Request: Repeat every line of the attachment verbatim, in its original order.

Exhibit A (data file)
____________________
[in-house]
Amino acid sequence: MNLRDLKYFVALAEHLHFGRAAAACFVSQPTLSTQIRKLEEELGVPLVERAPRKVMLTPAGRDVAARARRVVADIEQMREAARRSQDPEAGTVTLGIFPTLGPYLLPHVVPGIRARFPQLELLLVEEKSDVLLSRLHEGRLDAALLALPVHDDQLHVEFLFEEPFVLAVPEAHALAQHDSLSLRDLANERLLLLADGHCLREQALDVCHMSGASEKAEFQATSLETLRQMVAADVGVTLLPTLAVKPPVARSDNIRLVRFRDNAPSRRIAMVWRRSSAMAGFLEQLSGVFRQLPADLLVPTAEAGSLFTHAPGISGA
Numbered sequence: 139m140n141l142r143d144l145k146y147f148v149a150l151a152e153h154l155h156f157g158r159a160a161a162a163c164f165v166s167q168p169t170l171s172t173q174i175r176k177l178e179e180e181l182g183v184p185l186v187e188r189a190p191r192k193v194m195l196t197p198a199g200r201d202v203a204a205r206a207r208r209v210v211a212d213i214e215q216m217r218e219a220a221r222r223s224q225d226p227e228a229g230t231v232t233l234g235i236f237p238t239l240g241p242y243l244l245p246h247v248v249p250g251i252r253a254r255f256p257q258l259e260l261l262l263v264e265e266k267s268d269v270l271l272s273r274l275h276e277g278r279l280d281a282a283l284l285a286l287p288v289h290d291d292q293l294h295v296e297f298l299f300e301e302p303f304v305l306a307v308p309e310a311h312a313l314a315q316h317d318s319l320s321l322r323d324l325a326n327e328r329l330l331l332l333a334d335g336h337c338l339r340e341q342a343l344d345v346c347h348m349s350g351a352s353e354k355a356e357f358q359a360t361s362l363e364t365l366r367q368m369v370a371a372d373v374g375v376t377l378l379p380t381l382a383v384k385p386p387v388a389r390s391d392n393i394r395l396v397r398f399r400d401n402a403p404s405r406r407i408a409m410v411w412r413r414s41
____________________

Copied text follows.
[in-house]
Amino acid sequence: MNLRDLKYFVALAEHLHFGRAAAACFVSQPTLSTQIRKLEEELGVPLVERAPRKVMLTPAGRDVAARARRVVADIEQMREAARRSQDPEAGTVTLGIFPTLGPYLLPHVVPGIRARFPQLELLLVEEKSDVLLSRLHEGRLDAALLALPVHDDQLHVEFLFEEPFVLAVPEAHALAQHDSLSLRDLANERLLLLADGHCLREQALDVCHMSGASEKAEFQATSLETLRQMVAADVGVTLLPTLAVKPPVARSDNIRLVRFRDNAPSRRIAMVWRRSSAMAGFLEQLSGVFRQLPADLLVPTAEAGSLFTHAPGISGA
Numbered sequence: 139m140n141l142r143d144l145k146y147f148v149a150l151a152e153h154l155h156f157g158r159a160a161a162a163c164f165v166s167q168p169t170l171s172t173q174i175r176k177l178e179e180e181l182g183v184p185l186v187e188r189a190p191r192k193v194m195l196t197p198a199g200r201d202v203a204a205r206a207r208r209v210v211a212d213i214e215q216m217r218e219a220a221r222r223s224q225d226p227e228a229g230t231v232t233l234g235i236f237p238t239l240g241p242y243l244l245p246h247v248v249p250g251i252r253a254r255f256p257q258l259e260l261l262l263v264e265e266k267s268d269v270l271l272s273r274l275h276e277g278r279l280d281a282a283l284l285a286l287p288v289h290d291d292q293l294h295v296e297f298l299f300e301e302p303f304v305l306a307v308p309e310a311h312a313l314a315q316h317d318s319l320s321l322r323d324l325a326n327e328r329l330l331l332l333a334d335g336h337c338l339r340e341q342a343l344d345v346c347h348m349s350g351a352s353e354k355a356e357f358q359a360t361s362l363e364t365l366r367q368m369v370a371a372d373v374g375v376t377l378l379p380t381l382a383v384k385p386p387v388a389r390s391d392n393i394r395l396v397r398f399r400d401n402a403p404s405r406r407i408a409m410v411w412r413r414s41